The spectators simultaneously watch who is watching and who is being watched – both present in Pulsoni’s bas-reliefs – and this is the same dynamic that can be found in Mortis Humana Via, the exhibition, which rotates the entire installation orthogonally, from horizontal to vertical, and transforms the terracotta and plaster casts into graphic works on paper. It is immediately apparent that this work pre-dates the one staged at the theatre, but the design remains unchanged. The expressionist, angular, hollow-eyed figures of the terracotta figures, wandering agitated in the whirlwind of matter, are here cast with fast, precise marks, equally expressionistic but more symbolic. Christ, in the drawings of the opera, which are always the focus of the show, and in the terracotta figures, is the main element but is equally ‘atmospheric’, as all the other figures. This is also echoed to some extent in the libretto and music for the play which focuses, for example, on Christ, simultaneously man and God, to show the entirely human fear of dying.
The differences we find in the two different groups of VOLTItraVOLTI is mostly ‘material’: the three-dimensionality of the theatre’s monochrome plaster bas-relief gives way to the graphic sign. In the place where action is staged, the theatre, the faces are part of the whole, an element of the visible that as a group ‘exist’ and ‘signify’; in the place of contemplation, the exhibition, they can be isolated one by one, so that we can enter into their faces, glimpse a life completely different from ours and that of every other face there in the circle. The relationship is more intimate, one to one, as opposed to theatre where it is many to many, and so it is easy to get carried away by those extravagant elements that make out a metaphor: the tongue as a carpet, the tears that slide down the face outlining a question mark and a strange man who emerges from an opening instead of a mouth. And then the eyes: open, closed, hidden, spirited, seemingly friendly, dramatic, curious, without pupils, transformed into very thin slits, above grins, mouths open and closed, crooked, extravagant or absent. What better than this can remind us of what happens when we wander around the city, and the many faces that we see but do not frame as we pass by, faces that do not so much relate to the person they are part of, but to us, to our transformative thinking of the reality around us, our being simultaneously in space and inside ourselves, given our inability not to think, and this thought reality relates to lived reality. What this creates, in the end, are superficial and profound metaphors, because they speak simultaneously of our own thinking and the world.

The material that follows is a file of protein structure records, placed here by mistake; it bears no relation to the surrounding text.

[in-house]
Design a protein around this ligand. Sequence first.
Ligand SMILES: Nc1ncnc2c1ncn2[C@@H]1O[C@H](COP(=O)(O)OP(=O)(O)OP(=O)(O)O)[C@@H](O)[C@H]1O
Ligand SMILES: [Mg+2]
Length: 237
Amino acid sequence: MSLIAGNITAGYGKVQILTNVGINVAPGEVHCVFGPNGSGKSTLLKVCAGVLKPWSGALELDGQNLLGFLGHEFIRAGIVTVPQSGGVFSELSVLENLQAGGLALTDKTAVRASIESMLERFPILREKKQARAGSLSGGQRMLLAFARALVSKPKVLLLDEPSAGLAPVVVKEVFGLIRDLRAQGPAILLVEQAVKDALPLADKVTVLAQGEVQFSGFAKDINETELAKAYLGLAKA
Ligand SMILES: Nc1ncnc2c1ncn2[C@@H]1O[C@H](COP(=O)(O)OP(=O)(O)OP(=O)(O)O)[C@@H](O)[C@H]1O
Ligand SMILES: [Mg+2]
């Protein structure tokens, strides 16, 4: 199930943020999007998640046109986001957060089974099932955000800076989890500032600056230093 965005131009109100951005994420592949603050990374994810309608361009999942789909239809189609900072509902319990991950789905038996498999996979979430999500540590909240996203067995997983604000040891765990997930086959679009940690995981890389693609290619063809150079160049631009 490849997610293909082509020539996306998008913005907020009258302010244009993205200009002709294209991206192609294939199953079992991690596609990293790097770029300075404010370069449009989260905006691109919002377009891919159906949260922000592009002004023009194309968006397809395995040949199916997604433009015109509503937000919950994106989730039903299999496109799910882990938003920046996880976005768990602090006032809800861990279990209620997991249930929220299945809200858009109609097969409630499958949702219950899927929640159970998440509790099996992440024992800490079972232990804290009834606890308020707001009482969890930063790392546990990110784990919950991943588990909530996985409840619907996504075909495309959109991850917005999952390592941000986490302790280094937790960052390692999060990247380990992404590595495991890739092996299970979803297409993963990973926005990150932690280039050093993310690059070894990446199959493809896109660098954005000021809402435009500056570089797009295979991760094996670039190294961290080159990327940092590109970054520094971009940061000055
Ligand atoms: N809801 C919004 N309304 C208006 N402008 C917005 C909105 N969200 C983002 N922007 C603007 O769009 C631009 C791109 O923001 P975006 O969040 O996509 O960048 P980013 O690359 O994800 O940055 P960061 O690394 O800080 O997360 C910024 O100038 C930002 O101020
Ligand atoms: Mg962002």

A contemporary Via Crucis, then. A little secularised, a little avant-garde, a little in our zeitgeist. An installation that follows a cultural identity, to immerse us, however, in the everyday, to transform us, that is, into overwhelmed faces (travolti) and among faces (tra volti), regardless of whether or not we use the space bar.
Enrico Pusloni. Mortis Humana Via (libretto dello spettacolo andato in scena il 30 marzo di Carlo Pulsoni, a cura di Maila Buglioni, TRAleVOLTE, Roma
images: (cover 1-2-3) Enrico Pulsoni, Mortis Humana Via, March 30, 2023, concert, TRAleVOLTE (4) Enrico Pulsoni, Mortis Humana Via, installation